Operating system dependency presents another significant performance variable. On-disk databases use the underlying file system to access data within the database. The quality of data-seeking functions provided by a particular OS (such as lseek() under Linux) will affect performance, for better or worse. In contrast, the in-memory database operates independent of the OS file system and is highly optimized for data access.




Transaction Processing Overhead

In transaction logging, every change to the database is recorded in a journal (the transaction log).  In the event of a catastrophic failure, the database can recover, upon restart, by committing or rolling back transactions from log files. Disk-based databases are hard-wired to keep these logs, and to flush log files and cache to disk after transactions are committed.

With IMDSs, this journaling approach is typically optional. For example, in addition to providing transaction logging, McObject’s eXtremeDB IMDS offers an in-memory alternative: the database maintains a before-image of the objects that are updated or deleted, and a list of database pages added during a transaction. Upon transaction commit, the memory that held before-images and page references returns to the database memory pool (a very fast and efficient process). If the database must abort a transaction -- for example, if the in-bound data stream is interrupted -- the before-images are returned to the database and the newly inserted pages are returned to the database memory pool.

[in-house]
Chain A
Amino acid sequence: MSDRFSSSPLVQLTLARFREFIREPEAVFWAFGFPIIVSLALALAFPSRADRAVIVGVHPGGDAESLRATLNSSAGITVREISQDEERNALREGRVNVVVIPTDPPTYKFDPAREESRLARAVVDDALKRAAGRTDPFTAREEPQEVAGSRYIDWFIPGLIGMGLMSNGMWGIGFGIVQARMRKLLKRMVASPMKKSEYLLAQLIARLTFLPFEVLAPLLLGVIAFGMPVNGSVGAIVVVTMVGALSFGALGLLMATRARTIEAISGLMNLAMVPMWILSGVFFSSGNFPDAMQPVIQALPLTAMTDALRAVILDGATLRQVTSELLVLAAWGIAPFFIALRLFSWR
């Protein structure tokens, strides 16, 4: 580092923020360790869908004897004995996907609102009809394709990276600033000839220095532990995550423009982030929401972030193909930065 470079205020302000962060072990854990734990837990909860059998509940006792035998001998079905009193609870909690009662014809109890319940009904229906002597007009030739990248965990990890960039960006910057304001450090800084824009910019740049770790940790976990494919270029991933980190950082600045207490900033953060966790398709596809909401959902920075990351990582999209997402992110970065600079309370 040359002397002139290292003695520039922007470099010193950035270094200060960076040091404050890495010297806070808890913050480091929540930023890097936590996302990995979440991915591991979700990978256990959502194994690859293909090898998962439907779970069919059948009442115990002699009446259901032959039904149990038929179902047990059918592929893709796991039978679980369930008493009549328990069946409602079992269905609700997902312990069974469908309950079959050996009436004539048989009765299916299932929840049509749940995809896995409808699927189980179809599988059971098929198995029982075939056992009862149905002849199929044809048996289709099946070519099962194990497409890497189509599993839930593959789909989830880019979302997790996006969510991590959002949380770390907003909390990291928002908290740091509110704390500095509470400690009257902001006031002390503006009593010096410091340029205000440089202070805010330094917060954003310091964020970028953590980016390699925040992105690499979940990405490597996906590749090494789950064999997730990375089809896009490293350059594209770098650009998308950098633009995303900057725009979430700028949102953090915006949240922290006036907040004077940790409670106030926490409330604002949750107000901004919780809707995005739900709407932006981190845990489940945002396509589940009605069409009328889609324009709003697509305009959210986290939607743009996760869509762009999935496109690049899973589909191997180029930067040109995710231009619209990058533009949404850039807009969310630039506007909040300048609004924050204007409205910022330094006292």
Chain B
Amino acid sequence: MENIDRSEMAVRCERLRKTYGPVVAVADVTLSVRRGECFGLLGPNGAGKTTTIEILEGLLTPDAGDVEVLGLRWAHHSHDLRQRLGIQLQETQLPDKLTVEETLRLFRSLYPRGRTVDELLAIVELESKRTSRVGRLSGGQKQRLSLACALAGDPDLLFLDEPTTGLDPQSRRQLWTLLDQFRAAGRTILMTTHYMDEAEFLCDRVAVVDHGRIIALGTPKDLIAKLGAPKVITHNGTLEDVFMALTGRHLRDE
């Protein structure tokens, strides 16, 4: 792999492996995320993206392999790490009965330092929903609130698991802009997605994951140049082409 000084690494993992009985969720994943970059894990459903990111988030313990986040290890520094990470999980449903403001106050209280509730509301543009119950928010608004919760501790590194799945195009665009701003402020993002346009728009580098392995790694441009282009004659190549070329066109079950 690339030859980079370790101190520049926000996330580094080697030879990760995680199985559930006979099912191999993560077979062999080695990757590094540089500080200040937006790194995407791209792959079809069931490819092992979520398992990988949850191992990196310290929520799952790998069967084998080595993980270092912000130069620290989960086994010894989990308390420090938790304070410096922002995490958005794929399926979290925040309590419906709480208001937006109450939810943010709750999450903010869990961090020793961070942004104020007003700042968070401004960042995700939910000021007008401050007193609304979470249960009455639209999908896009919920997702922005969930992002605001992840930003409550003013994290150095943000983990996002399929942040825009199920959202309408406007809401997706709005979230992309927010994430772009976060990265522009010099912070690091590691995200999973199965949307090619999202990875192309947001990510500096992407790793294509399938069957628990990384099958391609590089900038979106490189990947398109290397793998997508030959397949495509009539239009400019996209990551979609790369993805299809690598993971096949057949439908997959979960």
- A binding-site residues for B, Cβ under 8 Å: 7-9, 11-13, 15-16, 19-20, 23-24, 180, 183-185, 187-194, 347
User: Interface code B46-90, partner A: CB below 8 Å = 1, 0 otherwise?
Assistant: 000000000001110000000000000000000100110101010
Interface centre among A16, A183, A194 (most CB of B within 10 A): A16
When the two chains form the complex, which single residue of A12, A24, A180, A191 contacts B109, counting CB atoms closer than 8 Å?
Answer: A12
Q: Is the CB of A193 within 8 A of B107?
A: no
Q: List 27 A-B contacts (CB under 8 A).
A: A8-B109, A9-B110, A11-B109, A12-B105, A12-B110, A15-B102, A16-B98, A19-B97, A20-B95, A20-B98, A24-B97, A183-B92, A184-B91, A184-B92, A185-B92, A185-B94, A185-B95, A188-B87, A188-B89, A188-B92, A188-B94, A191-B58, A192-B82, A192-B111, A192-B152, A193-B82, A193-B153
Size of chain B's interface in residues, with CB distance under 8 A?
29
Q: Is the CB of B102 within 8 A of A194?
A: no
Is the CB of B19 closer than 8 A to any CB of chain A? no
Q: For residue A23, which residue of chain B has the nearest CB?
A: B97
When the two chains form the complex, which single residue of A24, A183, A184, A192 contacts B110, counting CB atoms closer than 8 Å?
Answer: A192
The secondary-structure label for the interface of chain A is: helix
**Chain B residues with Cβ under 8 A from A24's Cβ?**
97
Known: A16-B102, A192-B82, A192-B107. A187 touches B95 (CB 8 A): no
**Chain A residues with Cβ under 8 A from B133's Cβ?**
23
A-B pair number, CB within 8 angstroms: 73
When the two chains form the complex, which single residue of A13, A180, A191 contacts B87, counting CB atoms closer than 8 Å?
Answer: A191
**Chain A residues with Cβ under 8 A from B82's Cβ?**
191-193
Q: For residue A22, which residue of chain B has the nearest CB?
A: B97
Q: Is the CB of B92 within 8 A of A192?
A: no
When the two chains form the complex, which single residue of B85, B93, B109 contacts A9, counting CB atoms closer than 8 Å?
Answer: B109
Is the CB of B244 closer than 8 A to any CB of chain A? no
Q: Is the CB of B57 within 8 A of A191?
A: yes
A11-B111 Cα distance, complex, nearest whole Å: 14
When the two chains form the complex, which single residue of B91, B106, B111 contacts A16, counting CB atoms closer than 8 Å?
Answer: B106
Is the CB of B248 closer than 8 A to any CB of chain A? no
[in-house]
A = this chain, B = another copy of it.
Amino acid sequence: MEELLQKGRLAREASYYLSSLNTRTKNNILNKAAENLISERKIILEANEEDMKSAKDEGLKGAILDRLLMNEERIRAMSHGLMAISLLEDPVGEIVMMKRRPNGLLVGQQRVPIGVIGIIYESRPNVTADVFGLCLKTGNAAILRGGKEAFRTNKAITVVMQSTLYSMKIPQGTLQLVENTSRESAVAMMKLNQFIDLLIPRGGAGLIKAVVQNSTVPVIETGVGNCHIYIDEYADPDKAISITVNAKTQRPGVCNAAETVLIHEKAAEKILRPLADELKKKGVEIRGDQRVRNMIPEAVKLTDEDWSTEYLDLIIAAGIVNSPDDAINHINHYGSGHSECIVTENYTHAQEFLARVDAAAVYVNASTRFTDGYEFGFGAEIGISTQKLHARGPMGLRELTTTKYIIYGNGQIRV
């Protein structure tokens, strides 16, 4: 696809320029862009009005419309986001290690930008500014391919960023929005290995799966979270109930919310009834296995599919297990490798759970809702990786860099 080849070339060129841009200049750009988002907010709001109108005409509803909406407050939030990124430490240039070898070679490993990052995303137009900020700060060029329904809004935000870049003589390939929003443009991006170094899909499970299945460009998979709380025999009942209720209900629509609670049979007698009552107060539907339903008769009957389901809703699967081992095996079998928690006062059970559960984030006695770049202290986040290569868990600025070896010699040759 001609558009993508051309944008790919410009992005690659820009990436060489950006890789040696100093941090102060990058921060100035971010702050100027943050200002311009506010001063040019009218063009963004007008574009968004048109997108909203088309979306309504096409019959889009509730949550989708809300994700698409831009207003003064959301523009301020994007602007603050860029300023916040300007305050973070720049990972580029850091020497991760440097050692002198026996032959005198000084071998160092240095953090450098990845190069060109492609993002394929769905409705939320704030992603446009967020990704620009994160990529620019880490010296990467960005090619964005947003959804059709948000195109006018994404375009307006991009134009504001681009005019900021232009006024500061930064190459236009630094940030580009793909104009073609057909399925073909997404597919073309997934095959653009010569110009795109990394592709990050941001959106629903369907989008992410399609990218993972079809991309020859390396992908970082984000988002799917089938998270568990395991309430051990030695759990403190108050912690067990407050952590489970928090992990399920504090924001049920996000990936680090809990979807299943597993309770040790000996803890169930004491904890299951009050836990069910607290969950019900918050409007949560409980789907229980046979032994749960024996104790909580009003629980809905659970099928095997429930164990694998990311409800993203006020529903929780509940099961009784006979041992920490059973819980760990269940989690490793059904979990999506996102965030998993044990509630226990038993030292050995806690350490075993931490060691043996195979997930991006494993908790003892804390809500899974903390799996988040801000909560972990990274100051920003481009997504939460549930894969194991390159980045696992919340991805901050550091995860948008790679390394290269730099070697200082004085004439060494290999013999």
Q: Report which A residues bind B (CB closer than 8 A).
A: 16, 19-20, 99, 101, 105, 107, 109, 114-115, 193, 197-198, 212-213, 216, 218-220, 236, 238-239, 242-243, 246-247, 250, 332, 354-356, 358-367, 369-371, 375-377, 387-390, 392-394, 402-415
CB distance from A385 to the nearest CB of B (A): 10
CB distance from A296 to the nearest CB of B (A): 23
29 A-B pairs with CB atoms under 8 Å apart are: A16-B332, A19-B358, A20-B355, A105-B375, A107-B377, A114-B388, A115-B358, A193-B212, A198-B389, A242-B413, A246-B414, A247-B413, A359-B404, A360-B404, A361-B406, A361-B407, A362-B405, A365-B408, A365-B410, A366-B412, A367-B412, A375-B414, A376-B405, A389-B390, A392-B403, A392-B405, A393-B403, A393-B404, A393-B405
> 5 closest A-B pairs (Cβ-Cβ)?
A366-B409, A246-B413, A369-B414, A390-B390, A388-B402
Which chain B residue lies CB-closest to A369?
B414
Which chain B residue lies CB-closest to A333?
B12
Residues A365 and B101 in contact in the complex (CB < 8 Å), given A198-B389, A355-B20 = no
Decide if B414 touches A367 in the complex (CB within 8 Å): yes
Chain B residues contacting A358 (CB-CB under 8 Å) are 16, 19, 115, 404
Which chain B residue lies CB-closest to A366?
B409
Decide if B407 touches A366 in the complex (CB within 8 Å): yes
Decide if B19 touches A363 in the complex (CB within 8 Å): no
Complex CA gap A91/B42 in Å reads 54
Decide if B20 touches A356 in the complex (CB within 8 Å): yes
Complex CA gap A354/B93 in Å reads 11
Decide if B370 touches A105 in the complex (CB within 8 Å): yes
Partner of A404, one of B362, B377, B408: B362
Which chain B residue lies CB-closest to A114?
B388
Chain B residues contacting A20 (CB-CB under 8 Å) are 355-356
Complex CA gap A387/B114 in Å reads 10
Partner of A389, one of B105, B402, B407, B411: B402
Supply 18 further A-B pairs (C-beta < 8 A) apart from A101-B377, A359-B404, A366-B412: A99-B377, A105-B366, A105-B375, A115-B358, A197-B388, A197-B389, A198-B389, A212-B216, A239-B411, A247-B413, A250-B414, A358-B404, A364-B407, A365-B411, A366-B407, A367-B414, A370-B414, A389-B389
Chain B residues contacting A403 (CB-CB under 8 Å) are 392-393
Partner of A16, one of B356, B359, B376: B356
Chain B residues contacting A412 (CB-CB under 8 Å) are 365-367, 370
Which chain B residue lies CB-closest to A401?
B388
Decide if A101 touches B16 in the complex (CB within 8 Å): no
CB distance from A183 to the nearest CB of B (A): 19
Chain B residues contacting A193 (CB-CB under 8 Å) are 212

In the event of catastrophic failure, this database image is lost. In many instances, this is acceptable, which points to a difference between the typical uses of IMDSs, and those of the more business-oriented DBMSs. In embedded applications, an IMDS can often simply be re-provisioned upon restart, as with a program guide application in a set-top box that receives continual updates from content providers, a network switch that discovers network topology on startup, or a wireless access point that is provisioned by a server upstream.

This does not preclude data persistence. At startup or any other point, the application can open a stream (a socket, pipe, or a file pointer) and instruct the IMDS to read or write a database image from, or to, the stream, for example, to create and maintain boot-stage data. Persistence can also be obtained by pairing an IMDS with non-volatile memory such as battery-backed RAM. Other applications guarantee in-memory database survival by maintaining one or more synchronized database copies (replication).

More recently, vendors have introduced hybrid database technology that combines in-memory and on-disk data storage in the same database instance. With McObject’s eXtremeDB Fusion, a notation in the database design or "schema" causes certain record types to be written to disk, while others are managed entirely in memory, enabling the developer to make fine-grained tradeoffs between persistence and performance.

Many application types will continue to use DBMSs that inherently store records to disk. But for software requiring a performance edge, or an exceptionally small footprint, in-memory database systems can provide both.